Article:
A caller recently informed me that there was a lot of talk about
        Permalin papers having suddenly become "no good."
        schleiker had called me in a panic, so I was worried too. I think I need
        more information about exactly which papers have failed, as I have been
        using Permalin for years and the last 3 cartons bought recently are
        fine. Black (the new Coal), Cream, RedBordeaux. The papers I had trouble
        with in the past were when they mistakenly substituted "New White" for
        the Cream. The new white was acid free and acted a lot like paper towel.
        Absorbent to the point the alum was not strong enough on the surface to
        allow patterns to set. It also was so weak the papers tore when I tried
        to do paste patterns on them. I now use them for backing when we press
        the finished papers in the dry mount press. Recycled content is OK but
        not acid free. For most of my work I buffer the papers to correct pH.

        There was one version of a fabulous deep black " Ultra Black" that was
        too absorbent for marbling, but I loved it for the painted papers. So
        dark and rich. Discontinued because it leaked glue through the sheet
        when used in industrial binding. Another bad paper was the light gray,
        which was fine until it became more absorbent and pinholed. The painted
        papers (which have a lot of runny colors) would go through tiny holes
        and leak onto the backs. Trouble city for a line of framers paper I was
        making.

        Anyway, I recently called my Permalin paper rep, and asked him to find
        out what the fuss was about. He did so and informed me he could find no
        news at all about paper formulas or pulps being intentionally changed.
        Like there is not a plot. No secrets, etc. Each time I have received a
        carton of "bad" paper, Permalin has replaced it.

        The Permalin line is made up of papers from several mills. Permalin
        contracts to have runs of paper made to their specifications. It is
        mostly sold in huge rolls to the commercial trade binderies, and the
        papers are made to suit their needs. It has to be very strong, take
        gluing well and able to be embossed with a variety of surface patterns.
        Naturally they are not in absolute control of the makeup of the pulps,
        and they get unfortunate surprises that end up costing a lot of money.
        The effort is to have a reliable and uniform product.

        Call me if you want to buy Permalin papers to try. I usually have 15
        colors.
        If you like, see www.skycraft.com for the colors. 1-800-578-5608

        I will be glad to address technical questions about paints,pigments and
        mediums for marbling. I know WAY too much and am too remote
        geographically to teach much. Too far away from the market and I did
        that years ago anyway. All that schlepping!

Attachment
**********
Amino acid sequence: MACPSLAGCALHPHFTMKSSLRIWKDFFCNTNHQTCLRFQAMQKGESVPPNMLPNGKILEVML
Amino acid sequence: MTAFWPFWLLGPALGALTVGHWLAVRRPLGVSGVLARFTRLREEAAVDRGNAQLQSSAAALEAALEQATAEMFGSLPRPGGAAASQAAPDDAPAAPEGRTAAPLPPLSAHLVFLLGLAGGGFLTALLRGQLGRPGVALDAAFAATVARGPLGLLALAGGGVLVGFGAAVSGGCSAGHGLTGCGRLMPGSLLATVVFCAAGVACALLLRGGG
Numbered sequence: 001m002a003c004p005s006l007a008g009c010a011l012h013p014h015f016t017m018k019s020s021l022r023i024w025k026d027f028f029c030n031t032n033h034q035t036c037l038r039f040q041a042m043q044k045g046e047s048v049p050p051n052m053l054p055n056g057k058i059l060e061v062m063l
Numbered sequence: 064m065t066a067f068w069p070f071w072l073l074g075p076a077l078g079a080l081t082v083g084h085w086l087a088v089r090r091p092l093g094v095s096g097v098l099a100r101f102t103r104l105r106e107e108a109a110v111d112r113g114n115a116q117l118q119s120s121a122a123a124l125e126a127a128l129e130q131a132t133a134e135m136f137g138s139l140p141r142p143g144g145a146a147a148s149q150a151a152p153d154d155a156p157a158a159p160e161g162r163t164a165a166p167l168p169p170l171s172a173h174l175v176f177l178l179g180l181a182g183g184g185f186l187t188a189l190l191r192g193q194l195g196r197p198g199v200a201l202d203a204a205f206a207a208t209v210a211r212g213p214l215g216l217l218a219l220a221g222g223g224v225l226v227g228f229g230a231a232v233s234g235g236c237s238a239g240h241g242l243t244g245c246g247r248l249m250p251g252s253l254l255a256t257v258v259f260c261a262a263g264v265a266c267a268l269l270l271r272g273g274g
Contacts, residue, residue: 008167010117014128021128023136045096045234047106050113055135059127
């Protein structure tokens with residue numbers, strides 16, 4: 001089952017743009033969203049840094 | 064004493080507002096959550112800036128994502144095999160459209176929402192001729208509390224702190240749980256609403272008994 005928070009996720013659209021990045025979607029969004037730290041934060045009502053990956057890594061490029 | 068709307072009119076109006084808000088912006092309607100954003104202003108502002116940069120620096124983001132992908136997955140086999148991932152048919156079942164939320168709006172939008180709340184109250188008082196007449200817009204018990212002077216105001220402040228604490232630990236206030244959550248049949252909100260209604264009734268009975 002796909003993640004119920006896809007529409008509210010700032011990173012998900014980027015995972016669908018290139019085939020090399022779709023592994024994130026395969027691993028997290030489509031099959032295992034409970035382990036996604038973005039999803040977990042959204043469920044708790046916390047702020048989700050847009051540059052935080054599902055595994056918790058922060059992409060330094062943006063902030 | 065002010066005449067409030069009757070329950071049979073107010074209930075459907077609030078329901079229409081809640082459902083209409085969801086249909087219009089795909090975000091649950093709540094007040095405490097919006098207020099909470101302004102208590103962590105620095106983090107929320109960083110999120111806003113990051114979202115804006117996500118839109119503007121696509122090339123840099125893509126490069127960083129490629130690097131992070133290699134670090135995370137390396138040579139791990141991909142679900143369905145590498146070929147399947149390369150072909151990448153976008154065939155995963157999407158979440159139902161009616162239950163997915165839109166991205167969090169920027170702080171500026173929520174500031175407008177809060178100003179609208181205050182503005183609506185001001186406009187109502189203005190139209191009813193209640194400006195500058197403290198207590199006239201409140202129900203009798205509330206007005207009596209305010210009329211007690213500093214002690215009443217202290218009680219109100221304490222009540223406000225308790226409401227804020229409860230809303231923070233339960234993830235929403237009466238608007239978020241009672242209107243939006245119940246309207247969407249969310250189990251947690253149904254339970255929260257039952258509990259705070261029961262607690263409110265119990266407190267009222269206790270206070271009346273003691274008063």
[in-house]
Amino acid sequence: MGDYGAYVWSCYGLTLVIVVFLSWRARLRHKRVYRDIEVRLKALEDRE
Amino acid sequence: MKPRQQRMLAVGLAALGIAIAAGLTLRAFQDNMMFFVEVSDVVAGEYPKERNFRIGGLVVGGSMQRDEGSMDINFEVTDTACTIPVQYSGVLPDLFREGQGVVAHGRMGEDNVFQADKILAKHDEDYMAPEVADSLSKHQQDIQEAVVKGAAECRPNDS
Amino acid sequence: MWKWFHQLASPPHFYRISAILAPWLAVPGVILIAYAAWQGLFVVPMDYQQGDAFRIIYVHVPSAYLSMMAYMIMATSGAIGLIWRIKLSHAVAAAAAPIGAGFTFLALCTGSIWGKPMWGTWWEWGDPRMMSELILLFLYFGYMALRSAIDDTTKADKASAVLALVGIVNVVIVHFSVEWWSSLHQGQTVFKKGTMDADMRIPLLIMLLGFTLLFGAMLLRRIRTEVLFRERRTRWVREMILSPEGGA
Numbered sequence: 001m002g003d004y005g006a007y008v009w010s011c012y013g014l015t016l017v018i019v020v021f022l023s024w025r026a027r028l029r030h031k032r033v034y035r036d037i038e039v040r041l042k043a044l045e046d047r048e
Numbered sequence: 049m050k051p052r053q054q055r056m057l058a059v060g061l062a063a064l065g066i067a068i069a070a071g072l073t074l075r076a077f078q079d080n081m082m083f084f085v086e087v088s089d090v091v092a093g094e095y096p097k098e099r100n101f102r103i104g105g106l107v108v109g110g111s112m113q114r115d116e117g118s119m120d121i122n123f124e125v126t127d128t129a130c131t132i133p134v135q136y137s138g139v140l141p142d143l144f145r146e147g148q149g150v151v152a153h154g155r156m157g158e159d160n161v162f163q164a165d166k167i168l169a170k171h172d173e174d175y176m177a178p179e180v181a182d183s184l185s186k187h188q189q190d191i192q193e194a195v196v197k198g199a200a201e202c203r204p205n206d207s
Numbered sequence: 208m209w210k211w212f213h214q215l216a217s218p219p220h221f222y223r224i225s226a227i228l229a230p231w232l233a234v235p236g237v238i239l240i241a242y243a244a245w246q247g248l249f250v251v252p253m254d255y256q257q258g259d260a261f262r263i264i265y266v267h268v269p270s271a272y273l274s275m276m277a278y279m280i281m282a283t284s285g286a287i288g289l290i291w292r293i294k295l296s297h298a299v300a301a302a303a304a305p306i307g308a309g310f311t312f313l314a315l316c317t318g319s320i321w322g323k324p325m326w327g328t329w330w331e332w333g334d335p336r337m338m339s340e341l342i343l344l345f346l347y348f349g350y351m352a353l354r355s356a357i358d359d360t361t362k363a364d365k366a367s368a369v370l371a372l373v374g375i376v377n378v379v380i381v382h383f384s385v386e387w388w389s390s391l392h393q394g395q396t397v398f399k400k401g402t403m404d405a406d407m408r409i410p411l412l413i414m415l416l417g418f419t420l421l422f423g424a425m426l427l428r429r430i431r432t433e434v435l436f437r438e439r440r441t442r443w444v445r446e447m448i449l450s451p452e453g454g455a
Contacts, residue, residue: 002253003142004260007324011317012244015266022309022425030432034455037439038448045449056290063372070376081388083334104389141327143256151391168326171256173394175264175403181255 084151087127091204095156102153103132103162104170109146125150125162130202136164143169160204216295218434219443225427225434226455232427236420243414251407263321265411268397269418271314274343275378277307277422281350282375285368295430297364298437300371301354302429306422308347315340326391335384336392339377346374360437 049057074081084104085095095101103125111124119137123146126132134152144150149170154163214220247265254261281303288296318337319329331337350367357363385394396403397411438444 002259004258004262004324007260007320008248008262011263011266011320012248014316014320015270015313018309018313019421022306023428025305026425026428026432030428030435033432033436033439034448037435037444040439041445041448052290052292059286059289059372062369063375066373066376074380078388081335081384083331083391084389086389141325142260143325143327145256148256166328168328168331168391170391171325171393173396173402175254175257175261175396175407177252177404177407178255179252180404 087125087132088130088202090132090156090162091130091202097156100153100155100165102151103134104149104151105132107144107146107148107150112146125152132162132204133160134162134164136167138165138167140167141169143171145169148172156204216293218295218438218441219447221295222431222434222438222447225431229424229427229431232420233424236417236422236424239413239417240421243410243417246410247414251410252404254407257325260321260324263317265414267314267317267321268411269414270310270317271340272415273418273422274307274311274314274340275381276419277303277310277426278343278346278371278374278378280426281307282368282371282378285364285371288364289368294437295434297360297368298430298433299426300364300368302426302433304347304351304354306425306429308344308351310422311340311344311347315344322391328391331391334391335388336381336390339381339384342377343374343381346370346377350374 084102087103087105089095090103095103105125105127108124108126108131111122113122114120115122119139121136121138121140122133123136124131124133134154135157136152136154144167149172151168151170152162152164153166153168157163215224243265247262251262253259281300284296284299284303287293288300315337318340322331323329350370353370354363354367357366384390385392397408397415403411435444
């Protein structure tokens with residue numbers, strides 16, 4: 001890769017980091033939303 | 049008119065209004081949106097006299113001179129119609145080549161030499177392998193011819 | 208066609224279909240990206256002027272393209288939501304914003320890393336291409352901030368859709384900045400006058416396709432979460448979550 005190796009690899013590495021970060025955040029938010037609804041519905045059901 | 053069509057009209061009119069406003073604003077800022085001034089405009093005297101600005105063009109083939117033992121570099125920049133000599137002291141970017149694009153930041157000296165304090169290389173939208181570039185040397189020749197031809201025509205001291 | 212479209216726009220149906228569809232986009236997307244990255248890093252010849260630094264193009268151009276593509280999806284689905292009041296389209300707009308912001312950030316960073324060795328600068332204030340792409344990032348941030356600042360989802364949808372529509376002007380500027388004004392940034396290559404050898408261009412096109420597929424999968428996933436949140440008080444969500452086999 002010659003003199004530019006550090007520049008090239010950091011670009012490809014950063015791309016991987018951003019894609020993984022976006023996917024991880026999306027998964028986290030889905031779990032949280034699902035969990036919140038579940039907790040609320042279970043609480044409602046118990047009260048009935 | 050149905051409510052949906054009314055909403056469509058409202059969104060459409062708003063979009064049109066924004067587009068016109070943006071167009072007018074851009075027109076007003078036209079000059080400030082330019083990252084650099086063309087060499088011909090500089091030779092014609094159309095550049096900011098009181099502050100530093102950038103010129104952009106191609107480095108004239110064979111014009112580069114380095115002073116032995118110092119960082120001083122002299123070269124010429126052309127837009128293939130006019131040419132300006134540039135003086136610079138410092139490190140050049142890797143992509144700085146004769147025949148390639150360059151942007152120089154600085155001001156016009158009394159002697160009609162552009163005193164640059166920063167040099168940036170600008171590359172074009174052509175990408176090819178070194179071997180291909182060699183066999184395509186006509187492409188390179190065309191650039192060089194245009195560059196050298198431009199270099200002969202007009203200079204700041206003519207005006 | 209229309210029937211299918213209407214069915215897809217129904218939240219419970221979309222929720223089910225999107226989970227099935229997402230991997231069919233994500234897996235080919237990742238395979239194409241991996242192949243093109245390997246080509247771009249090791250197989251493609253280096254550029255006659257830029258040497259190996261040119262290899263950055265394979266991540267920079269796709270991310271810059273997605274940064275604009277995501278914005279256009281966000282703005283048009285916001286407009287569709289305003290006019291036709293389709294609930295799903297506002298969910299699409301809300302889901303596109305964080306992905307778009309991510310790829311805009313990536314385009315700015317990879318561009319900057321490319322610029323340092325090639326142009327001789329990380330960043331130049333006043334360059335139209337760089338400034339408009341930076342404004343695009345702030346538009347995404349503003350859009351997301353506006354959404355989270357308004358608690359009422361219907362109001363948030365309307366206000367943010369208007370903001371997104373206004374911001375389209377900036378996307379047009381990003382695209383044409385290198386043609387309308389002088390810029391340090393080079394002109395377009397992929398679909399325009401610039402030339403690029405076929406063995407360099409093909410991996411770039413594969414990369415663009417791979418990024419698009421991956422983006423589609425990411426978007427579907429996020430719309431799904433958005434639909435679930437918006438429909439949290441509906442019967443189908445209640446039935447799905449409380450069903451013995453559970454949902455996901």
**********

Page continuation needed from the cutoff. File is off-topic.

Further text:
Peggy Skycraft
        Peggy@...







        Your use of Yahoo! Groups is subject to http://docs.yahoo.com/info/terms/





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        Date: Thu, 04 Dec 2003 00:06:47 -0800
        Subject: [Marbling] tech questions re paper
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      • peggy skycraft
        Dear Iris.--- Please tell me, so that I will not order the failed paper, which items did your receive that performed so poorly? Like, which exact things from
        Message 3 of 4 , Dec 10, 2003
          Dear Iris.--- Please tell me, so that I will not order the failed
          paper, which items did your receive that performed so poorly? Like,
          which exact things from their current line?

          In the past I have requested a cut from the floor stock from the roll
          my paper order would be cut from. They do have ID on each huge roll.
          They take the roll to a cutting machine and it somehow makes the 26 x
          40" sheets I get in the box. (Usually a broken and tortured box, as
          UPS for some reason instructs their elephanats to dance on my paper)

          This floor sample step did not work well for you,which I think is a
          shame. It is Permalin's fault you did not get good paper in the
          shipment, and a half refund is not good enough. Why can;t they take
          the paper back for replacement with other sorts? Can the paper be used
          for paste papers or other techniques? Maybe you can sell it off to
          some other artists who have different paper needs. It is a lot of
          moneyu tied up. I have a lot of unused paper I would be glad to sell
          off, but I am not too good at getting that job done.

          Yours, Peggy Skycraft
        • irisnevins@compuserve.com
          I got Permalin Tapioca Antique. Basically someone was misinformed and is was passed on to me. They are sending some other things to test for exchange. The
          Message 4 of 4 , Dec 10, 2003
            I got Permalin Tapioca Antique. Basically someone was misinformed and is
            was passed on to me. They are sending some other things to test for
            exchange. The papers may possibly work with acrylics though I haven't tried
            yet, no time. If so, I will have them eternally for my paper and fabric
            workshops at Peters Valley where we just use acrylics.

            Half a refund isn't good enough, but what can I do, It would cost more than
            the balance owed to take it to court in another state. I will take
            something else if it works. Though I would use that up and never deal with
            them again, period.

            Thanks for info and help,
            iris

            Message text written by INTERNET:Marbling@yahoogroups.com
            >
            Dear Iris.--- Please tell me, so that I will not order the failed
            paper, which items did your receive that performed so poorly? Like,
            which exact things from their current line?

            In the past I have requested a cut from the floor stock from the roll
            my paper order would be cut from. They do have ID on each huge roll.
            They take the roll to a cutting machine and it somehow makes the 26 x
            40" sheets I get in the box. (Usually a broken and tortured box, as
            UPS for some reason instructs their elephanats to dance on my paper)

            This floor sample step did not work well for you,which I think is a
            shame. It is Permalin's fault you did not get good paper in the
            shipment, and a half refund is not good enough. Why can;t they take
            the paper back for replacement with other sorts? Can the paper be used
            for paste papers or other techniques? Maybe you can sell it off to
            some other artists who have different paper needs. It is a lot of
            moneyu tied up. I have a lot of unused paper I would be glad to sell
            off, but I am not too good at getting that job done.

            Yours, Peggy Skycraft

            <